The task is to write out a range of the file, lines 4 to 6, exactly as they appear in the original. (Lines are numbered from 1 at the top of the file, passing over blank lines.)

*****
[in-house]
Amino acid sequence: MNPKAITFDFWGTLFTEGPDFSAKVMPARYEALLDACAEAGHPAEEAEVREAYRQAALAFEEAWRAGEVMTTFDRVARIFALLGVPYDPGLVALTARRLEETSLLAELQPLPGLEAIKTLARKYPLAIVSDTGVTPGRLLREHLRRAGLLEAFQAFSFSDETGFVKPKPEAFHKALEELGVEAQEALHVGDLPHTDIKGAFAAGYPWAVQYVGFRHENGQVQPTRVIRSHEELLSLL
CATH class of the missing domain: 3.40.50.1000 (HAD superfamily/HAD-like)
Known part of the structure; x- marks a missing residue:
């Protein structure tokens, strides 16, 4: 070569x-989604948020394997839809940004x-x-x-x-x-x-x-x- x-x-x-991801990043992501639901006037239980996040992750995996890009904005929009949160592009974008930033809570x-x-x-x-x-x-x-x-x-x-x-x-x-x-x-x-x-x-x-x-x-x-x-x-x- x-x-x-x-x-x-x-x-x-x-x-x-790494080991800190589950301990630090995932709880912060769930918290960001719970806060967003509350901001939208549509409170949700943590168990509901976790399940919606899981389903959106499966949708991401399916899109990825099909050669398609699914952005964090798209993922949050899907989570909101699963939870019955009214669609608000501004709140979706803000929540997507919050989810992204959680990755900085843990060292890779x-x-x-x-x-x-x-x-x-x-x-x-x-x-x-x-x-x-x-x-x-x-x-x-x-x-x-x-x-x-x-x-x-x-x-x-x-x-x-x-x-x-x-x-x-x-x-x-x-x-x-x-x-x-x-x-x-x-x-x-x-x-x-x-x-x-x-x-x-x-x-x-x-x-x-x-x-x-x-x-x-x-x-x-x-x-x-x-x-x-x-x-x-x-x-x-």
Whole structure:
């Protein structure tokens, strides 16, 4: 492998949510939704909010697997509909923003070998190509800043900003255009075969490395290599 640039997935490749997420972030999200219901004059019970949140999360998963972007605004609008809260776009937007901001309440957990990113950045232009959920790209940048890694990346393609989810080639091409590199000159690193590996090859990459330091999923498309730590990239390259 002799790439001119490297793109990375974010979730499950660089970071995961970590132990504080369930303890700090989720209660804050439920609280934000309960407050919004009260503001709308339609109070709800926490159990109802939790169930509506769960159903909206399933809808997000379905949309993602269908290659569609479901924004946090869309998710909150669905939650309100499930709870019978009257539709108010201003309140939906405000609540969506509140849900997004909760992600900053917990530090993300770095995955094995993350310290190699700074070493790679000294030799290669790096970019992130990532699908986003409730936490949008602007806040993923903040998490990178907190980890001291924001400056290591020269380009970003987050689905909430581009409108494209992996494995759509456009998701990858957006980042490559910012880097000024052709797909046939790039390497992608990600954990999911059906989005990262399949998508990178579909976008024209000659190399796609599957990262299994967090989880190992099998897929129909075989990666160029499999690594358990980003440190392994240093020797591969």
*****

Known part of the structure; x- marks a missing residue:
């Protein structure tokens, strides 16, 4: 070569x-989604948020394997839809940004x-x-x-x-x-x-x-x- x-x-x-991801990043992501639901006037239980996040992750995996890009904005929009949160592009974008930033809570x-x-x-x-x-x-x-x-x-x-x-x-x-x-x-x-x-x-x-x-x-x-x-x-x- x-x-x-x-x-x-x-x-x-x-x-x-790494080991800190589950301990630090995932709880912060769930918290960001719970806060967003509350901001939208549509409170949700943590168990509901976790399940919606899981389903959106499966949708991401399916899109990825099909050669398609699914952005964090798209993922949050899907989570909101699963939870019955009214669609608000501004709140979706803000929540997507919050989810992204959680990755900085843990060292890779x-x-x-x-x-x-x-x-x-x-x-x-x-x-x-x-x-x-x-x-x-x-x-x-x-x-x-x-x-x-x-x-x-x-x-x-x-x-x-x-x-x-x-x-x-x-x-x-x-x-x-x-x-x-x-x-x-x-x-x-x-x-x-x-x-x-x-x-x-x-x-x-x-x-x-x-x-x-x-x-x-x-x-x-x-x-x-x-x-x-x-x-x-x-x-x-």
Whole structure: